Light and Dark Discrepancies in the Plot of the Heart of Darkness

January 12, 2021 by Essay Writer

“Heart of Darkness” is complex tale constructed through dichotomies of light versus darkness, a core of faith and belief versus hollowness, civilisation versus wilderness. Conrad, whilst purposefully introduces these contrasting binaries, he ultimately dismantles them, eliciting parallels between the civilised and primordial, bringing the duplicities of the colonial rhetoric to the foreground.

The Biblical allusion of a ‘whited sepulchre’ in Passage one acts as an allegory for the colonial enterprise. On the exterior, civilisation delivers the appearance of ‘real work [being] done’; the decadent, extravagant nature of the ‘frock-coat’ is symbolic of the rhetoric of imperialism and colonialism: offering lofty, splendid ideas of being “a beacon on the road towards better things” and a ‘forerunner of change’. However, within the interior of the ‘sepulchre’, behind the duplicities of the colonial rhetoric, lies a ‘dead silence’. The juxtaposition between exterior and interior evokes a sense of hollowness within the colonial enterprise; the deceitful outward show of running an ‘over-sea empire’ is rendered palpable as Marlow reveals the motive behind the enlightening, civilising mission as ‘mak[ing]…coin’; colonial discourse, as an apparatus of power, disavows its own motivations. Indeed, the light of the ‘whited sepulchre’ is filled with ‘narrow and deserted street in deep shadow. By incorporating darkness with light, Conrad hints at the deficiencies of the colonial rhetoric, subtly exposing the entrenched greed and baser instincts that lie beneath its façade.

The most salient irony in “Heart of Darkness” revolves around the figure of Kurtz. Kurtz, “a man all of Europe contributed to the making of”, acts as the embodiment of colonial rhetoric with promises of ‘eloquence’, intelligence and charm. However, the metamorphosis of Kurtz only reveals a critical and inescapable relationship between imperial decadence and savagery. His ‘pulsating stream of light’ is accompanied by ‘an impenetrable darkness’; this dichotomy of light and darkness is once again incorporated within one-another, ironically hinting at an interconnectivity between the civilised and the primordial. Thus, Conrad exemplifies the barbarism of colonialism, portraying the Belgian exploitation of the Congolese as man’s inhumanity to other men, rather than to ‘criminals’ or ‘savages’.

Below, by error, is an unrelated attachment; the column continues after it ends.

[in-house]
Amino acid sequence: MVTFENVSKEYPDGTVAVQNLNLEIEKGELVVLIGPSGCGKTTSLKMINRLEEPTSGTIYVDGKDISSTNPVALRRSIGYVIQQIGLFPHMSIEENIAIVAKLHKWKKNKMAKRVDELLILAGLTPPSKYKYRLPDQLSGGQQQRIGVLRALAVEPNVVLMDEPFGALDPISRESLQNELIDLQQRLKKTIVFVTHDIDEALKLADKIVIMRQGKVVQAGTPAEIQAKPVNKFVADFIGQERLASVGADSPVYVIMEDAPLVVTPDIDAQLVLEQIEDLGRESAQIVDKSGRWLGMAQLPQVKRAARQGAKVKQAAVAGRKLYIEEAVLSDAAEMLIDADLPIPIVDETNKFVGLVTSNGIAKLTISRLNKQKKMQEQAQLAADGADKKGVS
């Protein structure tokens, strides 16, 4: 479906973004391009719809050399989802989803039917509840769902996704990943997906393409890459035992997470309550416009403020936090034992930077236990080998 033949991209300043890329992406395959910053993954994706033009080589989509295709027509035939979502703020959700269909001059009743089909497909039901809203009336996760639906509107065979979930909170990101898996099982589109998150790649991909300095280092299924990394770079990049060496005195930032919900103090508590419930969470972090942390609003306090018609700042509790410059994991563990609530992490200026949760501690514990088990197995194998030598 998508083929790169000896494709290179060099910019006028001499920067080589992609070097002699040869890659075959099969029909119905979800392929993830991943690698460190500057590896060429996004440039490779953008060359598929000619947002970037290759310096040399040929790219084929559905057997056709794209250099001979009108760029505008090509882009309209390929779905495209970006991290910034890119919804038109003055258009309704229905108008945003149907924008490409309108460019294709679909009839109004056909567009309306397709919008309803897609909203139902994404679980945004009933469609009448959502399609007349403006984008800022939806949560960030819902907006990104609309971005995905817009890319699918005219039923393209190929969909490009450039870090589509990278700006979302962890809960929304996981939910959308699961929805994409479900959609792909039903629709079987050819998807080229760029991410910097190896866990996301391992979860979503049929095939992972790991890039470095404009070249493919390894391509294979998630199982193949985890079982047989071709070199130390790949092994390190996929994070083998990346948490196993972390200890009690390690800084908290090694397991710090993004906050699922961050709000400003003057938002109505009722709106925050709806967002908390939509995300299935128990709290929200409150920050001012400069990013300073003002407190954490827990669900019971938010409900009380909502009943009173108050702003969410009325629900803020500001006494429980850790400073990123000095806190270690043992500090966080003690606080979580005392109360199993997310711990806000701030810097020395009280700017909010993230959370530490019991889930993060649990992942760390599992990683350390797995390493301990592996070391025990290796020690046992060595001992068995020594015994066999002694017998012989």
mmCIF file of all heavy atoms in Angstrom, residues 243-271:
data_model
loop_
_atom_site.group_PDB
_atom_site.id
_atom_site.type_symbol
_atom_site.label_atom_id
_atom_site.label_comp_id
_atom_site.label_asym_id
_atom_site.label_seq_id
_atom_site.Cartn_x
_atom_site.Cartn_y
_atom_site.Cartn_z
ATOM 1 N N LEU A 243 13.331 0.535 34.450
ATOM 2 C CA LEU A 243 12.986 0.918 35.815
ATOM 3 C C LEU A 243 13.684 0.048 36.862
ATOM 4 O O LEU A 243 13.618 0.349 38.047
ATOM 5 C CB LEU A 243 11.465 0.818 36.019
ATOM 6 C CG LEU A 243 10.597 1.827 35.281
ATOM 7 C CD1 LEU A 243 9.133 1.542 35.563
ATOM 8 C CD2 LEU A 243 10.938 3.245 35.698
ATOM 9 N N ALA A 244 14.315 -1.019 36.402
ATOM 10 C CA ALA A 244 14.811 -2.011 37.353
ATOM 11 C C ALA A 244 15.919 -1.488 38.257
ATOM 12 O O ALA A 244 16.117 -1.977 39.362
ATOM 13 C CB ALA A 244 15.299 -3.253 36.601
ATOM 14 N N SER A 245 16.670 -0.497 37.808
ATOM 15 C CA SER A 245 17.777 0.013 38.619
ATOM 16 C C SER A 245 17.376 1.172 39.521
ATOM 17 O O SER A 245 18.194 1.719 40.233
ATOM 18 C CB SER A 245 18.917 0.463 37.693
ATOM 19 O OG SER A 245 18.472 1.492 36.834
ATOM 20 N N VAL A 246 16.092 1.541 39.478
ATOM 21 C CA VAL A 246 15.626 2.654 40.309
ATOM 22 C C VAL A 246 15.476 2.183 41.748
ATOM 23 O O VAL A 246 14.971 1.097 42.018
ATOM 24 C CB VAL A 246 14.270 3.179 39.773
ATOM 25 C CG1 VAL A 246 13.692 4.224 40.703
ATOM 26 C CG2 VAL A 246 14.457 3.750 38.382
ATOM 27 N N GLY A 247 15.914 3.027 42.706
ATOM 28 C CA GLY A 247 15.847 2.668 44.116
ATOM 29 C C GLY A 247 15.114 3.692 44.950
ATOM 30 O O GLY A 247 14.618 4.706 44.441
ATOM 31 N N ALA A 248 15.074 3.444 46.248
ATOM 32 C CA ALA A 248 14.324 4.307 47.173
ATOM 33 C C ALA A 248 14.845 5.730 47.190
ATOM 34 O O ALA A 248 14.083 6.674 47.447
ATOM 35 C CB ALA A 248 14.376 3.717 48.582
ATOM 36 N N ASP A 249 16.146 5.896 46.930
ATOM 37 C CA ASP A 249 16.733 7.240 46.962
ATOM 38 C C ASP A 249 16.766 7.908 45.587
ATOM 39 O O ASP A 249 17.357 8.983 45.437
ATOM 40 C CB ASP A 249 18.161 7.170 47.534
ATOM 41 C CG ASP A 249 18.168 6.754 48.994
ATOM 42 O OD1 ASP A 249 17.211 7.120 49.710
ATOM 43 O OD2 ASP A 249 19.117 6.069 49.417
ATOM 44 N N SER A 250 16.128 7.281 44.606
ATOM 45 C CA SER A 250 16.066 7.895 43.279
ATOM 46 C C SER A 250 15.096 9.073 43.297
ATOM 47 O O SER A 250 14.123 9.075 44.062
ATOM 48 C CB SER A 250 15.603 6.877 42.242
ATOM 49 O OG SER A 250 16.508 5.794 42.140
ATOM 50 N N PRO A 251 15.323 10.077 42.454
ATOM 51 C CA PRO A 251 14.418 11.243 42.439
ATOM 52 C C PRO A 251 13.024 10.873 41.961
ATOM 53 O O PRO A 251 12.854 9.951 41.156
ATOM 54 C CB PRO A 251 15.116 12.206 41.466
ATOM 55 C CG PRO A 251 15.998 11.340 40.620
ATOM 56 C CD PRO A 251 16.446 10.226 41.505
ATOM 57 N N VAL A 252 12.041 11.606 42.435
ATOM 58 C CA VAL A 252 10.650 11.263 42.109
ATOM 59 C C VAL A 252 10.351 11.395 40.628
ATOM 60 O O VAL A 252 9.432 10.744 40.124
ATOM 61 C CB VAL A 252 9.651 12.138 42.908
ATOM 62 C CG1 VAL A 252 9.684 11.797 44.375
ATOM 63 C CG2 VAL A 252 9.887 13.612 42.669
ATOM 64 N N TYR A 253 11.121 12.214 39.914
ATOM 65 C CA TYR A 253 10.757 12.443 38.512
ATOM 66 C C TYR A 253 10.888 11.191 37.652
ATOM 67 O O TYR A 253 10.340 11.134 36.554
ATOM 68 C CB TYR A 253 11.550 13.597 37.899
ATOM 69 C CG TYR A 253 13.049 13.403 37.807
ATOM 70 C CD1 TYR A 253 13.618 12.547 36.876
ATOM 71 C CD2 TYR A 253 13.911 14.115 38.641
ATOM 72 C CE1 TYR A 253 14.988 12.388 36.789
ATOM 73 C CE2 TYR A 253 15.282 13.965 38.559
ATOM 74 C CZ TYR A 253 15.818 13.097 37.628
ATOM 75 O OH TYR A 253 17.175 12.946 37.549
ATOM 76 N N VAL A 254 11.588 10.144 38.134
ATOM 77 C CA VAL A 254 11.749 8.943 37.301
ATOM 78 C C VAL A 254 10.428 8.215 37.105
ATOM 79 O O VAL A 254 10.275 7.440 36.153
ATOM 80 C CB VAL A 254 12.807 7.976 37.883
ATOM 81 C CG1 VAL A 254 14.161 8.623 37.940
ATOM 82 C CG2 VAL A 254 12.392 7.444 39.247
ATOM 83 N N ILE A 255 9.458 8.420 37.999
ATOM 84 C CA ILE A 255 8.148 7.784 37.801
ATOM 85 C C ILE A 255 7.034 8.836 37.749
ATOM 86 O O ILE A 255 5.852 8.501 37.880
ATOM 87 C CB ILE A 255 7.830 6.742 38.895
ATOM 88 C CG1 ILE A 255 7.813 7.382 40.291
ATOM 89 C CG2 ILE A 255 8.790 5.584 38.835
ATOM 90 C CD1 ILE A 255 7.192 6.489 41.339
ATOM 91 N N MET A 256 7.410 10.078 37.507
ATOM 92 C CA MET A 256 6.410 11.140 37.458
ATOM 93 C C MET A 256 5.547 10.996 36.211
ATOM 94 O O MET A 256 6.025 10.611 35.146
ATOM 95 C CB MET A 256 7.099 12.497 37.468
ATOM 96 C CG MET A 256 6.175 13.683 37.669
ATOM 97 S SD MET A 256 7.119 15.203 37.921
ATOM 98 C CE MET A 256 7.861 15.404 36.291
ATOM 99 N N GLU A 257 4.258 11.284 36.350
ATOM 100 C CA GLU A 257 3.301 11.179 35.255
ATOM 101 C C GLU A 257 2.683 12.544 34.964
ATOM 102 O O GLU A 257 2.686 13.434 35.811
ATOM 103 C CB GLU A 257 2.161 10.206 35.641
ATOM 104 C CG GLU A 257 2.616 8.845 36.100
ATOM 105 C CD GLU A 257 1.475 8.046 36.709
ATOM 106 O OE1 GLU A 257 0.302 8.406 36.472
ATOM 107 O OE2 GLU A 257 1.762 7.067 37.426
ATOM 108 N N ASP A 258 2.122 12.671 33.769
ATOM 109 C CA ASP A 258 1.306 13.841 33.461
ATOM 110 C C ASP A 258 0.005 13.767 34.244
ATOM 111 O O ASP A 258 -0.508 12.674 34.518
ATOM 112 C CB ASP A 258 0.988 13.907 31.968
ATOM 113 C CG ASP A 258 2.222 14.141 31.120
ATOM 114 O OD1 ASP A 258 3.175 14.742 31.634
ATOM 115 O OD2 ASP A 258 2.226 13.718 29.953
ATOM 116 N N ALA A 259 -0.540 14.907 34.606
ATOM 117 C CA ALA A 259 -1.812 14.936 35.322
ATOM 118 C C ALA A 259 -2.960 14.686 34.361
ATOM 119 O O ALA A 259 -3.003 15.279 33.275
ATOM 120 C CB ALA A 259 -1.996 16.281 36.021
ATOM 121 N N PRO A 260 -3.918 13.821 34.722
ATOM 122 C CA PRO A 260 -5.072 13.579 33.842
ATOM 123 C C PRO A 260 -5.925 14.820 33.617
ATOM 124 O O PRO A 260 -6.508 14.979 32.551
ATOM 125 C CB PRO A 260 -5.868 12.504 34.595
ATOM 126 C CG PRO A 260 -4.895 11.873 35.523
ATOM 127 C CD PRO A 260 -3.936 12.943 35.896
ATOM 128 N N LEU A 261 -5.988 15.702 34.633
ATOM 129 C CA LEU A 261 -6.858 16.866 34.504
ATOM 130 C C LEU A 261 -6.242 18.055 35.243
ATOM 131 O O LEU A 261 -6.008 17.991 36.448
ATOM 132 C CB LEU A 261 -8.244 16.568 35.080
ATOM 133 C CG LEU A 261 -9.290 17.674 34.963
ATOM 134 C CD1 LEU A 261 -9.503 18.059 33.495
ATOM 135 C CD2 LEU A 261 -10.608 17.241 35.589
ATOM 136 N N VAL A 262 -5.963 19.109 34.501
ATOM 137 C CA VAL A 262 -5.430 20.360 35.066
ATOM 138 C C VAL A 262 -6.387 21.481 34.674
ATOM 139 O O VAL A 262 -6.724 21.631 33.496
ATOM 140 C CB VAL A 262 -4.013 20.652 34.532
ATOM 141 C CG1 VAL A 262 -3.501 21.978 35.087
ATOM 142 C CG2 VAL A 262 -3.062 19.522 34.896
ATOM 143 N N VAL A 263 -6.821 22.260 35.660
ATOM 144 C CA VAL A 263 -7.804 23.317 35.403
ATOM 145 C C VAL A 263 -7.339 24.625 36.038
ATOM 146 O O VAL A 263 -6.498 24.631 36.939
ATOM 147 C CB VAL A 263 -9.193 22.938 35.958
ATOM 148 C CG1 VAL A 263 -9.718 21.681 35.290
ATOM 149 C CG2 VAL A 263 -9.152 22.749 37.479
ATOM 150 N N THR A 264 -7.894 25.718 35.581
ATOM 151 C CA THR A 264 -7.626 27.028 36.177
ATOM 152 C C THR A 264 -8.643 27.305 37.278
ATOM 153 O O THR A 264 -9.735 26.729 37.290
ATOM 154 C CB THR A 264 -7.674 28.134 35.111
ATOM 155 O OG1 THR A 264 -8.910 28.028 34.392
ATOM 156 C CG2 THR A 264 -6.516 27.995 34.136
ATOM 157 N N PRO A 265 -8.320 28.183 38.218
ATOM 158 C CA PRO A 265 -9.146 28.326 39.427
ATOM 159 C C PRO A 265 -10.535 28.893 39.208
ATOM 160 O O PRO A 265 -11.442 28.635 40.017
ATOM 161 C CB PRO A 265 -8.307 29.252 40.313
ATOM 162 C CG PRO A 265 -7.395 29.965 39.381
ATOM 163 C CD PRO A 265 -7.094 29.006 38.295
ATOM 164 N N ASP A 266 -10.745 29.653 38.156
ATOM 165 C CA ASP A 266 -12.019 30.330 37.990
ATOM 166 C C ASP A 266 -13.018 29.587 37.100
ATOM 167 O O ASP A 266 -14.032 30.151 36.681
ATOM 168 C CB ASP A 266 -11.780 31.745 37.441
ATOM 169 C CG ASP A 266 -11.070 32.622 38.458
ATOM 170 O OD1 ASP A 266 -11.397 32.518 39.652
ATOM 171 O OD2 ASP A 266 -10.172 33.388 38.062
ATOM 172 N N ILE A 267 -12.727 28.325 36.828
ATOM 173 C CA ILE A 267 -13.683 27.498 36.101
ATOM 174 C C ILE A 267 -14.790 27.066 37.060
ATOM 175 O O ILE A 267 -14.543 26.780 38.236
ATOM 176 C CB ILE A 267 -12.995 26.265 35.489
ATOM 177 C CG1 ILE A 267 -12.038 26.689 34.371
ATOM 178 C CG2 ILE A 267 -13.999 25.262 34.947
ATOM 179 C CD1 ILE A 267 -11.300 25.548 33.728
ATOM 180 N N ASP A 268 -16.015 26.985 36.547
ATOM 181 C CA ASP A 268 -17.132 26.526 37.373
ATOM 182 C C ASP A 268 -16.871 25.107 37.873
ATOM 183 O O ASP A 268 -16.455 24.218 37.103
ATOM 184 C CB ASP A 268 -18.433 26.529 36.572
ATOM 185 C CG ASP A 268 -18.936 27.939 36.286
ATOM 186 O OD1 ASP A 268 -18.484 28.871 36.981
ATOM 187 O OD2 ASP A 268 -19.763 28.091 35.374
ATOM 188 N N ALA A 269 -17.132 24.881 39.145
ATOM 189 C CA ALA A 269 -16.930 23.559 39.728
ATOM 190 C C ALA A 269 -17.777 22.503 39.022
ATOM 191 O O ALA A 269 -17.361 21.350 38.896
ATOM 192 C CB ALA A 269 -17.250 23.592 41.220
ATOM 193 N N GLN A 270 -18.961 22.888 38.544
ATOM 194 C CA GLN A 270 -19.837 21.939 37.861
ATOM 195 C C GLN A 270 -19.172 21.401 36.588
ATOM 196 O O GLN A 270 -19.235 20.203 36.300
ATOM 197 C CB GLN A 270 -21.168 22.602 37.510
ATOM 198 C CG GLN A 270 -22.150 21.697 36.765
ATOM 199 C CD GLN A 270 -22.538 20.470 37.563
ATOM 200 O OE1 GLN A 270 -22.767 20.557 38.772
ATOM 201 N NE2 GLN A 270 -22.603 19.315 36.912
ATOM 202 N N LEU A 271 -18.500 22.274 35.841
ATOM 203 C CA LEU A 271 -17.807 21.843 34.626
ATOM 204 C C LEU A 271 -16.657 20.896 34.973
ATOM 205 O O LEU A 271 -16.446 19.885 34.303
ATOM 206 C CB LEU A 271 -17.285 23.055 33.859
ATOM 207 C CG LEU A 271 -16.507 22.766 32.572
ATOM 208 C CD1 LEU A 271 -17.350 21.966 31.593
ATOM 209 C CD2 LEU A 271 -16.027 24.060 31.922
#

Outside of his ‘discourse’, Kurtz is revealed to be little more than a ‘voice’ offering ideas on enlightenment and progress. Nonetheless, Kurtz’s ‘ability to talk’ holds an inescapable and enticing pull on Marlow, symbolic of the pull colonial rhetoric has on the rest of Europe. This sense of blind faith, the willingness to listen and follow without question, is encapsulated by the description of the woman in the Company’s office as a ‘somnambulist’ as she sits outside, essentially guarding the door into the colonial rhetoric. Similarly, for Marlow, despite being confronted with images of wanton destruction and suffrage as a direct result of the colonial process(‘slaves who were left to die on their own’), he remains still mesmerised by the promises of a ‘talk with Kurtz’, albeit once placed outside the confines of civilisation, the realm of European cognition, Kurtz, and by extension the colonial rhetoric, loses all power, affirmed by the repetition of low in “he is very low, very low”.